October 24, 2014

First public meeting on Charleston deepening is Tuesday

Tuesday will be the first chance for the public to weigh in on the proposed Charleston harbor deepening project. The U.S. Army Corps of Engineers (ACE) will host a public scoping meeting at Mark Clark Hall at the Citadel from 5:30-8:00.

The Port of Charleston has requested the study as it prepares for bigger ships that will begin arriving on the East Coast once the Panama Canal is widened in 2014. “Right now, these larger ships have begun to call on Charleston harbor, but they can only come at high tide or not fully loaded,” ACE Charleston District spokesman Sean McBride said.

The Corps of Engineers has to study if the engineering, economic and environmental cost of the dredging will be worth it. Such a study normally takes 5-8 years to complete, but Corps officials say they are streamlining the review and approval process as much as possible to save time.

The feasibility study is also not fully funded as Congress has not yet aside the money. Under an  agreement announced earlier this year, the South Carolina Ports Authority is paying for 50 percent of the study’s costs, but it says it cannot pay the estimated $20 million the entire project requires.

The ACE will be studying several alternative depths for the harbor’s current federally-authorized 45 feet. McBride said the study will focus on three areas: economic, engineering, and environmental.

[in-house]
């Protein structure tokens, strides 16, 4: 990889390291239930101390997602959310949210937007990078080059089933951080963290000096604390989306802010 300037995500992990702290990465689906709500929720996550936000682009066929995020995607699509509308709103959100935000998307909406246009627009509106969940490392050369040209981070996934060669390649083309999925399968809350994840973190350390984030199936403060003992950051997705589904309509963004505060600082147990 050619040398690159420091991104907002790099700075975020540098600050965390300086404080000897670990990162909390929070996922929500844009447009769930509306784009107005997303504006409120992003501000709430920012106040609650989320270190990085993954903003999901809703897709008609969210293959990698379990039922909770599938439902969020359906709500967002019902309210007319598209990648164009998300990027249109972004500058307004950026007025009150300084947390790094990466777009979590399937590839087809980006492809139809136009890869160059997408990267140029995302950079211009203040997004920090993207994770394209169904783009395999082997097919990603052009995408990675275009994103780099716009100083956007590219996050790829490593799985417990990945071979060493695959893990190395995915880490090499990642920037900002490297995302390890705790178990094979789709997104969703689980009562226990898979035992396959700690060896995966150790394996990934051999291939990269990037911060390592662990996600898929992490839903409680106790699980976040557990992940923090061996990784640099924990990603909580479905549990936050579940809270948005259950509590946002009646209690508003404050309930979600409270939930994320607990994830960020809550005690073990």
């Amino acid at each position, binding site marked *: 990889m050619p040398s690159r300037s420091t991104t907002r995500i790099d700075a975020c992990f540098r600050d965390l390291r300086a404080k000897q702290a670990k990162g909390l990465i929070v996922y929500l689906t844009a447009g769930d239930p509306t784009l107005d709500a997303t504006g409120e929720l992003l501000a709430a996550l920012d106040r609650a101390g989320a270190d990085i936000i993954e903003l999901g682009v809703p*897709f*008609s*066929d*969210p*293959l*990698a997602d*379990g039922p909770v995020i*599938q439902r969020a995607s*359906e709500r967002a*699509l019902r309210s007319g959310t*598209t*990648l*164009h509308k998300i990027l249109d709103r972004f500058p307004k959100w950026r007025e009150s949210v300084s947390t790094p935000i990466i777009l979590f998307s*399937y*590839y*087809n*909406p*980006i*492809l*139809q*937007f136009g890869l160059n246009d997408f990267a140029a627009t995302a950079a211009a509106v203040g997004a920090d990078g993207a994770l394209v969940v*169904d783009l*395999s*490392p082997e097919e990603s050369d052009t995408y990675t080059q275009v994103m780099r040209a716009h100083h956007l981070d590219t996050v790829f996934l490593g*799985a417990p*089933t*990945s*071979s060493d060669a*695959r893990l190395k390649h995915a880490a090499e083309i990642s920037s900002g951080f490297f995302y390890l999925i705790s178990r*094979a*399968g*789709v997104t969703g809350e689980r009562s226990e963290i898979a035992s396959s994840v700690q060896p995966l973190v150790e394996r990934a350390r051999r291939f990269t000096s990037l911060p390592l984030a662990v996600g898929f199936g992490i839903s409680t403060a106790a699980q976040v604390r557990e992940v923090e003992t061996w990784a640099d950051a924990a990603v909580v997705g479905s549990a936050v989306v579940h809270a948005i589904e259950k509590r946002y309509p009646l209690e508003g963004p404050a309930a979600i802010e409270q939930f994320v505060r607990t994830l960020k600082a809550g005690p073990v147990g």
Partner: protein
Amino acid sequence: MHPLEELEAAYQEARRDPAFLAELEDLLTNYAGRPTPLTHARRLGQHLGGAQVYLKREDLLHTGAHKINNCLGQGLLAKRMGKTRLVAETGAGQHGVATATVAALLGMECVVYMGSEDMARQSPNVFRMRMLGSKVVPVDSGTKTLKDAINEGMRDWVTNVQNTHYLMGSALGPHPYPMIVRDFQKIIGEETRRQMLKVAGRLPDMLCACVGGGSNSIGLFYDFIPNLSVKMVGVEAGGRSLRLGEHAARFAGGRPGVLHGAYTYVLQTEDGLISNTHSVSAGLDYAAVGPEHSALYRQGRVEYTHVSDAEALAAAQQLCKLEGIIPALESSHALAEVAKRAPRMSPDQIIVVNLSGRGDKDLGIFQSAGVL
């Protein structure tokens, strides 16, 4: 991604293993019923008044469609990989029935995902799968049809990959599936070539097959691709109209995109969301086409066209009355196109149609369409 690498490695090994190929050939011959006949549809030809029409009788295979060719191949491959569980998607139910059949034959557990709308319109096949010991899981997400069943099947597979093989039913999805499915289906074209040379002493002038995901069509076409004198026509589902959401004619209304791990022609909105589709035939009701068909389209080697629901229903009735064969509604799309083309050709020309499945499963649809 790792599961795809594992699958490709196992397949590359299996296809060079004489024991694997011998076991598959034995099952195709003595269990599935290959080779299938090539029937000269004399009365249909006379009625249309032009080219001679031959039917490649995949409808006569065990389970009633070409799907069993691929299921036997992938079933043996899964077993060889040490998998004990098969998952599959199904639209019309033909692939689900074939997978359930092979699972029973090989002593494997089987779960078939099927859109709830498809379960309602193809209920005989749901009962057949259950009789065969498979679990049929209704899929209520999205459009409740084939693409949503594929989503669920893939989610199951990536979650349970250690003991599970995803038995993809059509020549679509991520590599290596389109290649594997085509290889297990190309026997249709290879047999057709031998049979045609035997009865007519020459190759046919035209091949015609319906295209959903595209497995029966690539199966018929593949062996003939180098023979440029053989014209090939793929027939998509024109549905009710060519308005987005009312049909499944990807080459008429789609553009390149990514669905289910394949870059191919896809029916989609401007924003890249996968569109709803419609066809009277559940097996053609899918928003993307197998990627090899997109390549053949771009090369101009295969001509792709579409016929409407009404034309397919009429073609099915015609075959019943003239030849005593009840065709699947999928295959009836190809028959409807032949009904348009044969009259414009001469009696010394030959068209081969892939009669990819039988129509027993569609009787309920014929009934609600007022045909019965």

The engineering feasibility takes into account if the project can be built, what must be done to make it safe and what the cost will be. The economic studies will look at cost/benefit analysis and the economic benefit to the nation.

Environmental issues will include: air, surface/ground water and sediment quality, fish habitats and endangered species, shoreline changes, and cultural and historical resources.

Each area will be represented by a station in the auditorium during Tuesday’s meeting. The Ports Authority will have its own display table. Charleston District commander, Lt. Col. Edward Chamberlayne will also make a presentation starting at 6:45 pm. Members of the public can provide comments by written or electronic means. They can also speak to a court reporter.

“Public input is essential to our process in order to help us look at everything we possibly need to look at while completing the study,” he said.

Completion of the study does not guarantee the harbor will be dredged.